by Chris Clemens
The Northeast Classic Car Museum in Norwich, New York features almost 200 vehicles spread out over an unbelievable 89,000 square feet of space. The small Central New York town in Chenango County has been home to the museum since it opened in 1997.
For my visit-a-different-Upstate-New-York-museum-every-month-in-2018 project, I made the 2 1/2 hour drive from Rochester to checkout the Northeast Classic Car Museum.
The backstory on the museum is one that I’ve found particularly fascinating. The town of Norwich, New York and Chenango County put their most creative minds to work on devising a plan to bring more visitors to the region. They laid out a concept for a classic car museum that was entirely unlike any other. The plan was impressive, but it was lacking something big.
That is to say, they had a plan for a car museum, but not enough cars to justify a museum.
One of those planners knew of George Staley’s car collection in Lincklaen, New York, some 30 miles west of Norwich. Staley’s legacy was already fueled by an impressive career in the Air Force and his knowledge of airplane engines. Later in his career, Staley developed a fondness for antique Franklins, an auto maker from Syracuse that operated from 1902 to 1934. He started collecting, and then collecting more, and more.
At the time he was approached by Chenango County, he was running out of room for his collection.
Staley and the Visit Chenango County folks struck a deal. Soon, his personal collection of classic automobiles would become the building block of the Northeast Classic Car Museum.
Since opening in 1997 with Staley’s collection rounding out the exhibits, they’ve expanded a ton. Today, they have 89,000 square feet of exhibit space featuring over 200 vehicles in multiple buildings.
The main entrance to the museum starts with a welcome center and gift shop, and then a maze of buildings extends from there. The car museum is sectioned off by era, so each building features a similar set of cars.
There’s a section with classic early 1900’s cruisers that look like they drove straight off the page of a Dick Tracy comic book. Then, a section of classic muscles, and a truck room, and motorcycles, and it just kept going. Easily my biggest takeaway from my visit was a disbelief at how enormous this museum was and how unending their displays were.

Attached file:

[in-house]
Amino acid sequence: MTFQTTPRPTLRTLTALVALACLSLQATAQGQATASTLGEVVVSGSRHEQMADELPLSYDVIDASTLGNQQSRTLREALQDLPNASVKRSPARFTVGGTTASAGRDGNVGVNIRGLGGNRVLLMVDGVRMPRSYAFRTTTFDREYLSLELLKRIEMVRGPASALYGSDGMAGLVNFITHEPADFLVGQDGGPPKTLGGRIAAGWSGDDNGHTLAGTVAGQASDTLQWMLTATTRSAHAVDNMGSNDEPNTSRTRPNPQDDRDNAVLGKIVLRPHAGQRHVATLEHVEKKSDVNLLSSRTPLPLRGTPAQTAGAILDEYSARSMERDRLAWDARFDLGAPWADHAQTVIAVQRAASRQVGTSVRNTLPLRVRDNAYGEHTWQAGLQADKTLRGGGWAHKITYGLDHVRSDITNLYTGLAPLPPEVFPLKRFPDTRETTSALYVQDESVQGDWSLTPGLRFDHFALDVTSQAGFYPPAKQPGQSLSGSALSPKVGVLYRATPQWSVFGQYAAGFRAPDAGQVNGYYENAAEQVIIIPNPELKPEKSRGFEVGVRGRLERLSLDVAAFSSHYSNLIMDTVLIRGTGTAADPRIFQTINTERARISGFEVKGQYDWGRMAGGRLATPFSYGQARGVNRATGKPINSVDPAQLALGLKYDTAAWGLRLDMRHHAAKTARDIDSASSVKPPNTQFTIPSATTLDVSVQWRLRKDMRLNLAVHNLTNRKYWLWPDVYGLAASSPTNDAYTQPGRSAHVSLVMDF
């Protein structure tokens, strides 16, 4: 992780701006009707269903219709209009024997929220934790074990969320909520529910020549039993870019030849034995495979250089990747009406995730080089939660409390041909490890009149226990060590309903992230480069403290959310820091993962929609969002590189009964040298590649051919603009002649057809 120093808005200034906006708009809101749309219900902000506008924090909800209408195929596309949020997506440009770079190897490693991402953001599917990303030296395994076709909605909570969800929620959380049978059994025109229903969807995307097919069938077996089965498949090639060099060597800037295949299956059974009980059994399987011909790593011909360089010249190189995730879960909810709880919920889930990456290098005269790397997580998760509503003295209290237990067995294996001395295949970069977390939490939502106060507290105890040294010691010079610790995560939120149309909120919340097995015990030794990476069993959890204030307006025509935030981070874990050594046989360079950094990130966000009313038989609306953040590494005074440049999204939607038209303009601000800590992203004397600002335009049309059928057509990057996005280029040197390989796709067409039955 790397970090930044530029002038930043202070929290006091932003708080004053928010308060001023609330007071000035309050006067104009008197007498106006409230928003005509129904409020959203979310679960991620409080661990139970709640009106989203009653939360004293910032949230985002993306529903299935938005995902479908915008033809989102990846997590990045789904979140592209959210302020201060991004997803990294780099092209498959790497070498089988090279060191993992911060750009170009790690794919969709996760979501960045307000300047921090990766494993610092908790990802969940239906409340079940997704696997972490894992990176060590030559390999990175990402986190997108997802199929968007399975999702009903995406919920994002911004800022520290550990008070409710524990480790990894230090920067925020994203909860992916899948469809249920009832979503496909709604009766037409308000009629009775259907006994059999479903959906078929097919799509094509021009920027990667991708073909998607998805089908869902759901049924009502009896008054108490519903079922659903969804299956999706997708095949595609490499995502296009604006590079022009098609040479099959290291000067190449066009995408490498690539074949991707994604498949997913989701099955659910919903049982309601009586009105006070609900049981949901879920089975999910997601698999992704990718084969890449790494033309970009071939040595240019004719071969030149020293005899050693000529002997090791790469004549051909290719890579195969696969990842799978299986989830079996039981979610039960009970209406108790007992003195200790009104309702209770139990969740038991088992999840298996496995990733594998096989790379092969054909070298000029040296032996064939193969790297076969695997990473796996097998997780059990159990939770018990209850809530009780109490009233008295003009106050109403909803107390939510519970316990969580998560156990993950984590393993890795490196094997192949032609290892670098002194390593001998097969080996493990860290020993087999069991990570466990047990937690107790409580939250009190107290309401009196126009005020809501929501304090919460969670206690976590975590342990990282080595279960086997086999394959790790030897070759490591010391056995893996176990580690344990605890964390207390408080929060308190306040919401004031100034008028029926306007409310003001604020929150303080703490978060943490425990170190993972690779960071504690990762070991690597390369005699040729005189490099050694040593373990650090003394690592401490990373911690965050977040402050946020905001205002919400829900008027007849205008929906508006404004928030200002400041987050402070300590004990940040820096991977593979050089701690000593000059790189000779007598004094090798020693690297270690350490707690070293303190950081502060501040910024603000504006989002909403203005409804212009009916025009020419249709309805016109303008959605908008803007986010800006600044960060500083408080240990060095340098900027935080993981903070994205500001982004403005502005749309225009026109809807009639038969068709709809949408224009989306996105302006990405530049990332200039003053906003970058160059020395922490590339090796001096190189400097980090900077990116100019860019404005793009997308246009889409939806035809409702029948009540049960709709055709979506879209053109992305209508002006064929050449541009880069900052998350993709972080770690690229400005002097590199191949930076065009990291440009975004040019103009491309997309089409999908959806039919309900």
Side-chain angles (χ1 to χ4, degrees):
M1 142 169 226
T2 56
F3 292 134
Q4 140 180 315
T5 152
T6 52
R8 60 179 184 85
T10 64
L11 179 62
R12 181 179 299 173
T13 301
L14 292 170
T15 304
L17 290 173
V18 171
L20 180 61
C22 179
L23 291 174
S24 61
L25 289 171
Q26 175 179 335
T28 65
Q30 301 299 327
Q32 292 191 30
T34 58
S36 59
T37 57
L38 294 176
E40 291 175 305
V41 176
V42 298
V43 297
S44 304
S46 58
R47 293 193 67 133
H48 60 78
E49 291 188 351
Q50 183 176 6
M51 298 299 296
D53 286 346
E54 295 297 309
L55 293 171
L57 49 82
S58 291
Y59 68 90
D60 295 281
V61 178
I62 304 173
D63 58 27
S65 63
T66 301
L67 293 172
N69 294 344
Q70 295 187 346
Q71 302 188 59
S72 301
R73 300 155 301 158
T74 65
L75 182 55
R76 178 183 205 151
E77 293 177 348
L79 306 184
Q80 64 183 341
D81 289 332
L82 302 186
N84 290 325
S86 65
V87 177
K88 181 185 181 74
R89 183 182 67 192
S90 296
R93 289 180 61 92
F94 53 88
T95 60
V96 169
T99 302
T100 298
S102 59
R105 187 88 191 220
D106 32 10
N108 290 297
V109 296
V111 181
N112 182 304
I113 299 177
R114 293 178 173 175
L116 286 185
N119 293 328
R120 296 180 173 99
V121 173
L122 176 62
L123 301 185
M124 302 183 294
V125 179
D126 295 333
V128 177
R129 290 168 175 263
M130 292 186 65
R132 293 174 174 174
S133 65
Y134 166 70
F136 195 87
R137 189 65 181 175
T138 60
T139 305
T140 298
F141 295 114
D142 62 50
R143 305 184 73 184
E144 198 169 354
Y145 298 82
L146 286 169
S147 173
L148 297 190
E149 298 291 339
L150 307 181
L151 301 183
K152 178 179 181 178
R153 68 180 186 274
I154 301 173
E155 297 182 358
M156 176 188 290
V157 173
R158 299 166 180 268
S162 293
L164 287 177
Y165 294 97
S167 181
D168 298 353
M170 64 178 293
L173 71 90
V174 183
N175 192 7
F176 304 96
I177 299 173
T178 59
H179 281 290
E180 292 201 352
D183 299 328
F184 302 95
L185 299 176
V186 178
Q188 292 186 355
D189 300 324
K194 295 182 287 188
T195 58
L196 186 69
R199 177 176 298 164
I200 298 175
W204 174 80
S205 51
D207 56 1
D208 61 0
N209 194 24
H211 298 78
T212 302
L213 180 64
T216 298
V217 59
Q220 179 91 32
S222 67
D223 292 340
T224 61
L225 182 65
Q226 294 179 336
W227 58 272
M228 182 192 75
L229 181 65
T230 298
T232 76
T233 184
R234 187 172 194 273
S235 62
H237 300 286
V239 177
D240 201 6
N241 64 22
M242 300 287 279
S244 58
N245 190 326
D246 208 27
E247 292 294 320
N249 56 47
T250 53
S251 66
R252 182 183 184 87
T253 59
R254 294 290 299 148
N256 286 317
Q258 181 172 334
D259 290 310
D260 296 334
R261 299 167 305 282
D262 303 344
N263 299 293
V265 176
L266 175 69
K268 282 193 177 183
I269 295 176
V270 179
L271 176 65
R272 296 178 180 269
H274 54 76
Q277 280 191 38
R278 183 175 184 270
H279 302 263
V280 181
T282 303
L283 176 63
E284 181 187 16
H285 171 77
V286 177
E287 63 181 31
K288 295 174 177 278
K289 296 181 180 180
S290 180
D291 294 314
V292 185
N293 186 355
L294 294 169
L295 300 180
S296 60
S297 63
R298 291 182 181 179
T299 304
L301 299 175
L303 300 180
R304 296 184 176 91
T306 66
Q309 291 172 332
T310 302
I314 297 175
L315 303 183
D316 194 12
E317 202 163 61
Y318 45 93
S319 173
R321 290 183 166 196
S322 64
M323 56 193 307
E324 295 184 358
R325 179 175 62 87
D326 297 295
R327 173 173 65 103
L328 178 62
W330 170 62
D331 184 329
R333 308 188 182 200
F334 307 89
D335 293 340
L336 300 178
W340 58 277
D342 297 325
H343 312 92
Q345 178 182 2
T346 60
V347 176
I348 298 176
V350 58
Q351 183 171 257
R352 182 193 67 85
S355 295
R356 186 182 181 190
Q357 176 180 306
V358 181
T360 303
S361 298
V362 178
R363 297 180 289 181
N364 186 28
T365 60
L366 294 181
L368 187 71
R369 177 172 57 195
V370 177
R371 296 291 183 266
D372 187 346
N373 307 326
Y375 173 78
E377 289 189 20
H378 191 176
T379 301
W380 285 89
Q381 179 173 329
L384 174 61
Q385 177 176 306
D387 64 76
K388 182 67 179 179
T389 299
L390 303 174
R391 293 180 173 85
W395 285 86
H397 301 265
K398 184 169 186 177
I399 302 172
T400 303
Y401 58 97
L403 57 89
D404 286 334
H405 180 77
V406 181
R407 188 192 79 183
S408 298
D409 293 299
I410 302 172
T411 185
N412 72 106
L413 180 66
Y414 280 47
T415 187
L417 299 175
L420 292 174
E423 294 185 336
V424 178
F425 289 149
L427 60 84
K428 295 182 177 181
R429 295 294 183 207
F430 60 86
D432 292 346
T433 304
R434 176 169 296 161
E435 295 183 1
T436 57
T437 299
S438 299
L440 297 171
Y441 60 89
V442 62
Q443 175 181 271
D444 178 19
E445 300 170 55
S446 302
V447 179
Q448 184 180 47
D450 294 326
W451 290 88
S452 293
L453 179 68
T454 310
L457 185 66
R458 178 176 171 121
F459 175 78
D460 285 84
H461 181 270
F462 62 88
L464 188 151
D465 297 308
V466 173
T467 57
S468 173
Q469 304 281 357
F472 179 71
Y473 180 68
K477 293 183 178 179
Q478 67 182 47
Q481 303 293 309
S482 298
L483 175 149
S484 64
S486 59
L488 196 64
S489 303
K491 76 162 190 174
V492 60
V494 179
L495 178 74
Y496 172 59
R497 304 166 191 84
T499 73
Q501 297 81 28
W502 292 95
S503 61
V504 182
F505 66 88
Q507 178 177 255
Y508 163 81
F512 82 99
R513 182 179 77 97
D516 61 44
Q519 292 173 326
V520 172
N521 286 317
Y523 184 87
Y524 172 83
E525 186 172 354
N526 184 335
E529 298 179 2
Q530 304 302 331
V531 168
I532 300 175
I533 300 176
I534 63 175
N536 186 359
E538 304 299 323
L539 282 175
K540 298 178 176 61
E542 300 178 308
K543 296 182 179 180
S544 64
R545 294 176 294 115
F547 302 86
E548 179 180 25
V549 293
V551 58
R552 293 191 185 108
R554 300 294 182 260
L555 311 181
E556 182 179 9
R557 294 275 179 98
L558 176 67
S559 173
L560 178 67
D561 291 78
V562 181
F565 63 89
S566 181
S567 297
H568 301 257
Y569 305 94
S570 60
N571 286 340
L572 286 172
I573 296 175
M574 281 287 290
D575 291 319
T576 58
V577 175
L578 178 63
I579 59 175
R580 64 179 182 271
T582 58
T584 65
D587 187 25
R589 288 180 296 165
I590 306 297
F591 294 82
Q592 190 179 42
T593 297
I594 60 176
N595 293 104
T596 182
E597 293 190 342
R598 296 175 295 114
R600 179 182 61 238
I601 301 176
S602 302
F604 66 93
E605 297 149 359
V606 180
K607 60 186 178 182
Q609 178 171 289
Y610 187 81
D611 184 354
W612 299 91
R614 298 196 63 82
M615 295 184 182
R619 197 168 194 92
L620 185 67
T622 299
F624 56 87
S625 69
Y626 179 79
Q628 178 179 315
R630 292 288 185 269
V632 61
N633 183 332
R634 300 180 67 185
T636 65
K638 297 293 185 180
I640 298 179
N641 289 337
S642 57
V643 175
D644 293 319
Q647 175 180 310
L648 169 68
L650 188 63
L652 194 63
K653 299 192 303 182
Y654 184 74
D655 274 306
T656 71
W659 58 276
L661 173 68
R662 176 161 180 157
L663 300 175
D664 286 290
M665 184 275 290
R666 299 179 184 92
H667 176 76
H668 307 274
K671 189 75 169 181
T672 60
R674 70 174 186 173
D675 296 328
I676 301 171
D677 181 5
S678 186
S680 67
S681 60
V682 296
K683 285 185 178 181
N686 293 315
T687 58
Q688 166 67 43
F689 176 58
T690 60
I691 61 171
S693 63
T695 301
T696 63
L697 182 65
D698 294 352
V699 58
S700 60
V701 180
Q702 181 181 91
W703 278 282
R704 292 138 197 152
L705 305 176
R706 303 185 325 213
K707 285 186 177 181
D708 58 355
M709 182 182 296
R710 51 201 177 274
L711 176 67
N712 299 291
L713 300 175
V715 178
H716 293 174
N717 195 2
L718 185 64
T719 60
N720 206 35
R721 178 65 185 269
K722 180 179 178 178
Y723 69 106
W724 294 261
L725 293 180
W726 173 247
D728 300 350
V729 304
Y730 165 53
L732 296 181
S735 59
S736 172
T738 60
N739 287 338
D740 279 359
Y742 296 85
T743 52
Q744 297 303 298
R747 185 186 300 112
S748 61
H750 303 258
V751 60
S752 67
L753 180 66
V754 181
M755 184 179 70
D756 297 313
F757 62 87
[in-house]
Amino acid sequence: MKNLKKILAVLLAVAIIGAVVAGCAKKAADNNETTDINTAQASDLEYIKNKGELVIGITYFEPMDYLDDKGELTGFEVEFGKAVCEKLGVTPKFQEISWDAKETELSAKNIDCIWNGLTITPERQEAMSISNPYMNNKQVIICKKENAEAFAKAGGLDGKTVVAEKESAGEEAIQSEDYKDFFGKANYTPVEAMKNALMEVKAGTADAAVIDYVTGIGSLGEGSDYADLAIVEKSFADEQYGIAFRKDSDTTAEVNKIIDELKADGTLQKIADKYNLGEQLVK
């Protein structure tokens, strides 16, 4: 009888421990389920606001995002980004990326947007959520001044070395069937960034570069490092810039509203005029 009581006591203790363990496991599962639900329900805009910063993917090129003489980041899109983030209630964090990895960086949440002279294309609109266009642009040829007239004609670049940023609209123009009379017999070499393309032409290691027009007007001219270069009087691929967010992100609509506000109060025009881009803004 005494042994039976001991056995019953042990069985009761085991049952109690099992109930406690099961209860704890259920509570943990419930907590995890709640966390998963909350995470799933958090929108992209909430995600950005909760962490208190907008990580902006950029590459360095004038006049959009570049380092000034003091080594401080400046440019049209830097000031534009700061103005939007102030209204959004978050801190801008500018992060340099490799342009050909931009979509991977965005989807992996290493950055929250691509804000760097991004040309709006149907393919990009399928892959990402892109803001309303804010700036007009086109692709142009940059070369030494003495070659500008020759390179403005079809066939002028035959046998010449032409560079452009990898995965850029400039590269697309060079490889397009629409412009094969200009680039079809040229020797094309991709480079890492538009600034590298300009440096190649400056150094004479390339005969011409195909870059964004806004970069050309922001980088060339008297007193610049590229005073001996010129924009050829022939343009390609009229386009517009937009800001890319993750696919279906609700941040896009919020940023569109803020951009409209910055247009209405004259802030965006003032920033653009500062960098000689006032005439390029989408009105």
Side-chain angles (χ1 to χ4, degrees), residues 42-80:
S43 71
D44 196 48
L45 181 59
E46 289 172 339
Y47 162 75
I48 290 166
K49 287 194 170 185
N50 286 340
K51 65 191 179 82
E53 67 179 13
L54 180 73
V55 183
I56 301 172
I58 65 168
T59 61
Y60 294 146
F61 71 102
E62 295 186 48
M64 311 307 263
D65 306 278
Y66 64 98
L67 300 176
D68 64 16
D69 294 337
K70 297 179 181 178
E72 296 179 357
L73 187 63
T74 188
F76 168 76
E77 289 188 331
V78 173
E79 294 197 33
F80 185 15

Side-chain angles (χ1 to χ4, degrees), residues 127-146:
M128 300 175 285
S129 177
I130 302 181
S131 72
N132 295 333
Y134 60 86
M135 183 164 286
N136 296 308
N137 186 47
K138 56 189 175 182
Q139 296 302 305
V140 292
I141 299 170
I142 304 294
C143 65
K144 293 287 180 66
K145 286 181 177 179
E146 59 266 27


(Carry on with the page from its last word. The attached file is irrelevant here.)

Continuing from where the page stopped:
A true car buff could spend an entire day in the museum, and even the least interested in car history would be fascinated for an hour. It’s just that big.
At the very least, movie buffs will appreciate that they have an authentic DeLorean like the one Michael J. Fox traveled through time with in Back To The Future.
I like cars. I like going to car shows, and I like watching shows about cars. One of my favorite games is attempting to guess a make and model by the shape and layout of headlights and taillights whiled driving at night. But, admittedly, my knowledge isn’t encyclopedic.
I think that’s why I was so enamored by the huge range of hood ornaments at the museum. Sure, there was other stuff that was interesting, but I kept noticing how huge, and unique, and extravagant hood ornaments were 75 years ago. Forgive me for sharing too many, but look how cool these are!
The Northeast Classic Car Museum in Norwich is open seven days a week, which also impressed me. A lot of museums close up on Mondays or have some other random schedule. These guys have found enough volunteers to staff this enormous space everyday from 9am to 5pm. $10.00 will get you in the door to see it all.
While you’re in town, I strongly recommend grabbing a bite to eat at the Wild Owl Cafe right on Main Street. It’s owned by a couple young folks who have helped contribute to a vibrant Main Street and build on that vision those Chenango County planners had in mind. I went with an abeetz (which is a flat bread pizza), but an owner, Stoyana Petkova, convinced me to add the “Bulgarian fries”. I’m glad she did.
Chris Clemens is the Founder/Publisher of Exploring Upstate. From his hometown in Rochester, he spends as much time as possible connecting with the history, culture, and places that make Upstate New York a land of discovery. Follow him on Twitter at @cpclemens